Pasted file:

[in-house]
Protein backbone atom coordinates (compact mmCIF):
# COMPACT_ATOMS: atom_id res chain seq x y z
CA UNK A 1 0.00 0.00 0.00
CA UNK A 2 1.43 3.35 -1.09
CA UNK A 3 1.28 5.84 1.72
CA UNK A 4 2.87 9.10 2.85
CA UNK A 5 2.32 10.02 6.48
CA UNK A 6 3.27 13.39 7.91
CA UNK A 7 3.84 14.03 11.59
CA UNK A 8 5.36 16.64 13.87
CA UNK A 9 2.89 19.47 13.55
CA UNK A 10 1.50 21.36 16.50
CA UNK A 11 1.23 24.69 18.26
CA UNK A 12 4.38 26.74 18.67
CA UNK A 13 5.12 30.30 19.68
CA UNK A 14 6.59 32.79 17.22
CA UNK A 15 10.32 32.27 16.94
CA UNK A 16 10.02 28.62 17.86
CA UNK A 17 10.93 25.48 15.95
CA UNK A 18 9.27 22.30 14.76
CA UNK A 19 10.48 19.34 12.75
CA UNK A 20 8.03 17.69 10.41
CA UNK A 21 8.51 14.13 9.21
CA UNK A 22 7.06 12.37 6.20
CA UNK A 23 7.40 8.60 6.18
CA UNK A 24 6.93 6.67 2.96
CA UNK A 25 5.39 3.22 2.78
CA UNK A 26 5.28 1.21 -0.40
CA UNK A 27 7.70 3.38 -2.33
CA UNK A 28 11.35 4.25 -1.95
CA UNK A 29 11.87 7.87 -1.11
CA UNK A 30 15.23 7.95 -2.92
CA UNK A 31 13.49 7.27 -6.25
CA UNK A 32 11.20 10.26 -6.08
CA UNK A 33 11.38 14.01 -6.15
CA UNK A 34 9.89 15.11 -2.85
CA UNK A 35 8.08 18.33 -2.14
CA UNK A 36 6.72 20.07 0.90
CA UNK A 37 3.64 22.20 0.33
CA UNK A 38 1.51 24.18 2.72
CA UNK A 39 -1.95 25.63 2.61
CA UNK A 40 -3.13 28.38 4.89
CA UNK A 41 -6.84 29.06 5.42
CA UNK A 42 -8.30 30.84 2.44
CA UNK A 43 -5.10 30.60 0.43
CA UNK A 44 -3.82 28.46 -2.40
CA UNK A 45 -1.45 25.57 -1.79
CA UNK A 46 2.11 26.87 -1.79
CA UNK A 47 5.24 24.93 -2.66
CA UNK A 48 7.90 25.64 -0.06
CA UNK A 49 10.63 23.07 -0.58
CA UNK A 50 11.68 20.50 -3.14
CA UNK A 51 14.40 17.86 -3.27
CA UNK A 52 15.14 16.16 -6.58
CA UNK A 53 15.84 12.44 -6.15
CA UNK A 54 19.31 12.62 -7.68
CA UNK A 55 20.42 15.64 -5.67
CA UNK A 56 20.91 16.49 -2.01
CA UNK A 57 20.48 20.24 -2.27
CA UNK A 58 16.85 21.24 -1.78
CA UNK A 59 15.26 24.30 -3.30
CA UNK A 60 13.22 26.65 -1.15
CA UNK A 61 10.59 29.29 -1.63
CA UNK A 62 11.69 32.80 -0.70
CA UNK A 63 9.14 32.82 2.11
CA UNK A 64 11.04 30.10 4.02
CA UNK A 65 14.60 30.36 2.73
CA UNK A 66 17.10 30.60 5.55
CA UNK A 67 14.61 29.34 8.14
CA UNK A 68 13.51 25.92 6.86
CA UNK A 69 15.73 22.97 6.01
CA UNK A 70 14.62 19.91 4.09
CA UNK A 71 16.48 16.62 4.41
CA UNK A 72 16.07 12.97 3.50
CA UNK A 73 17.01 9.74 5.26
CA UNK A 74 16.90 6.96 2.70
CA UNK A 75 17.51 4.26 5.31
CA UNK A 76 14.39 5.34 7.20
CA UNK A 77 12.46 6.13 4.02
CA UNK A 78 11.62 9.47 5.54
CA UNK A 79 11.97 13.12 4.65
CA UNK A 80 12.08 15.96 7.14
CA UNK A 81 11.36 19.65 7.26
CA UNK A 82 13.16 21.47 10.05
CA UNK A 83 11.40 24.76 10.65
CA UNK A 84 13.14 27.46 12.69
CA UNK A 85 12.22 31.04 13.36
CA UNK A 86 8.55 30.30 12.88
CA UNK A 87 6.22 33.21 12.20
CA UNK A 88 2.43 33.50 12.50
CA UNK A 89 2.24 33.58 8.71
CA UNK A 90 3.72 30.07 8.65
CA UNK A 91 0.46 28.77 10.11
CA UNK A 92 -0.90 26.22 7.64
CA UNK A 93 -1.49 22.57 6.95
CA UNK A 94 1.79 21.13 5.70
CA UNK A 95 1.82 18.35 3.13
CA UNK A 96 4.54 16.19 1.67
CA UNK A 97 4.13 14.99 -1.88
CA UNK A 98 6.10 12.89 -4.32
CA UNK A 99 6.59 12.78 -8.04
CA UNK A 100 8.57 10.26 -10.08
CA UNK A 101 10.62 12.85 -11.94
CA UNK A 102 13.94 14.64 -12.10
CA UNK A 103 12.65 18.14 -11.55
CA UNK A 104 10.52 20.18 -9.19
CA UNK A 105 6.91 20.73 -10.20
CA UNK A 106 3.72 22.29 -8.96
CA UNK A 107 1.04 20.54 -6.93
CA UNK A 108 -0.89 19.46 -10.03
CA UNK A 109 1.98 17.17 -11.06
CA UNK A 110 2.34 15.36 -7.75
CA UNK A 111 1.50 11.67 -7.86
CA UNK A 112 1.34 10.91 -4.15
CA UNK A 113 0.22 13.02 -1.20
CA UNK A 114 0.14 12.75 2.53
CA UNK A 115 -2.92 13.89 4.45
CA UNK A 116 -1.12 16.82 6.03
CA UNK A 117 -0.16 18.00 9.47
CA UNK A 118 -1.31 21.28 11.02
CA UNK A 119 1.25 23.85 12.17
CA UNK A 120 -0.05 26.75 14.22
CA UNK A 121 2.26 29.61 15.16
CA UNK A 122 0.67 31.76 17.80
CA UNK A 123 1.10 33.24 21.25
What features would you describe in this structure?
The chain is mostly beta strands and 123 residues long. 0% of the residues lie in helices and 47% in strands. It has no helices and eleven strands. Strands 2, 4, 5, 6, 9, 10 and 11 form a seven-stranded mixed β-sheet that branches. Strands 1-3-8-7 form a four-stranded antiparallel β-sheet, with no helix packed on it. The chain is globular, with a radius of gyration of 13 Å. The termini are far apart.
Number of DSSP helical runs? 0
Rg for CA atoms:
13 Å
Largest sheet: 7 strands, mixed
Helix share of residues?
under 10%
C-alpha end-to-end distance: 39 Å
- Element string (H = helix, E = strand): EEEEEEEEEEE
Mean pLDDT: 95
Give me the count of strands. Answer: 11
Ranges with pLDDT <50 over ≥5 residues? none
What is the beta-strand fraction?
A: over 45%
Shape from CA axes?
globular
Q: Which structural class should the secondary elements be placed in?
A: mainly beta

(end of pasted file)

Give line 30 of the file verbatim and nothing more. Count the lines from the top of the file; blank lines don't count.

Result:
CA UNK A 27 7.70 3.38 -2.33